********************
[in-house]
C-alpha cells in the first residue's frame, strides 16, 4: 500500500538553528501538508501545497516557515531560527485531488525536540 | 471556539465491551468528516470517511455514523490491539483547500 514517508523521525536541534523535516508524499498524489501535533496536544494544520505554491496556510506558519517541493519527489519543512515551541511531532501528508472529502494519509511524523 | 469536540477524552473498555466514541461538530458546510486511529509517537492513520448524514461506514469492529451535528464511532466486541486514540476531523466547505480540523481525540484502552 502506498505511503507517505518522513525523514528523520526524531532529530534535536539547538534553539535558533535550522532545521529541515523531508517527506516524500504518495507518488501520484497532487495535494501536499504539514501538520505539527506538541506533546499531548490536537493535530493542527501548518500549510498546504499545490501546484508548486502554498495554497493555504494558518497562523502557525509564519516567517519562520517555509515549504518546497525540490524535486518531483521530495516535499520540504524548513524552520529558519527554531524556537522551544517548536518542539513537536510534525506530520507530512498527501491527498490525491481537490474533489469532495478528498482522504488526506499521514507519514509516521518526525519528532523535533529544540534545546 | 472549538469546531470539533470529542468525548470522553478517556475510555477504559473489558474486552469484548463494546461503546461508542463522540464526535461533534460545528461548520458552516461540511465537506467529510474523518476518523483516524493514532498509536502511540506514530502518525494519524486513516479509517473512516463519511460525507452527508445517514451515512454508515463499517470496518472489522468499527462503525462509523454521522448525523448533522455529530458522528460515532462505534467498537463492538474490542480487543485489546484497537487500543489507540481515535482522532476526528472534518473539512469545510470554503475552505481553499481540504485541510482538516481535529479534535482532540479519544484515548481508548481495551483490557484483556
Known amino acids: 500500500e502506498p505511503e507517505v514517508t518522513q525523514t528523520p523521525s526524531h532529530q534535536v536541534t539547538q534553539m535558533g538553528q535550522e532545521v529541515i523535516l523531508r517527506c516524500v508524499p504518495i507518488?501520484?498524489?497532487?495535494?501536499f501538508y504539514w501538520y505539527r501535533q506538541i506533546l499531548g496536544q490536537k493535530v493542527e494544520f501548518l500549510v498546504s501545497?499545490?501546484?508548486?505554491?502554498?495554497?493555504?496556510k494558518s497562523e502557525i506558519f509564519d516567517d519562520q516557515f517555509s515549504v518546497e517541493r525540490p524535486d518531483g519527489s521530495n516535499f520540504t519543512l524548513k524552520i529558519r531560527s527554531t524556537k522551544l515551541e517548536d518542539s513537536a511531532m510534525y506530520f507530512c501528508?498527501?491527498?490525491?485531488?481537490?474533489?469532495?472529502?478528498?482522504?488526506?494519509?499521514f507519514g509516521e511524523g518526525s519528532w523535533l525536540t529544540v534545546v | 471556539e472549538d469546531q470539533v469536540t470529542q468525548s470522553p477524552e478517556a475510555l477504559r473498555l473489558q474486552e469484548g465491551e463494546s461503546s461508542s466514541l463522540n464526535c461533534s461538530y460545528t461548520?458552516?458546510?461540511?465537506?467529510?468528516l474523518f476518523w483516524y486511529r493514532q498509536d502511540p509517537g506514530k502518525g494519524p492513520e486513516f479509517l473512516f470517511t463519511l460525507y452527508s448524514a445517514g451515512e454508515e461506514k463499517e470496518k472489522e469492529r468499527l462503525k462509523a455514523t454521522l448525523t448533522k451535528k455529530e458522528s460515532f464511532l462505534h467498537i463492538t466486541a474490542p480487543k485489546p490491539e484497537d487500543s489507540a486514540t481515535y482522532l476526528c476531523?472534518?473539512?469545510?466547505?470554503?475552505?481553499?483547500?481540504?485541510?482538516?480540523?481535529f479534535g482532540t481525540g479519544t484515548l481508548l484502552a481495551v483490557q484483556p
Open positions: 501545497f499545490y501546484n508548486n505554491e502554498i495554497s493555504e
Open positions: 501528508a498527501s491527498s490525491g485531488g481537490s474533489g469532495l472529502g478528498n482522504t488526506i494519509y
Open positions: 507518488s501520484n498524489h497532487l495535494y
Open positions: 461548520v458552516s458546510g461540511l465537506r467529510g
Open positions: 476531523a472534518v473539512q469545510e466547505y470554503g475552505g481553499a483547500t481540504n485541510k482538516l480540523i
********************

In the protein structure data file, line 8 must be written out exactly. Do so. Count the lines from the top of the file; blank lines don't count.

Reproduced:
Open positions: 476531523a472534518v473539512q469545510e466547505y470554503g475552505g481553499a483547500t481540504n485541510k482538516l480540523i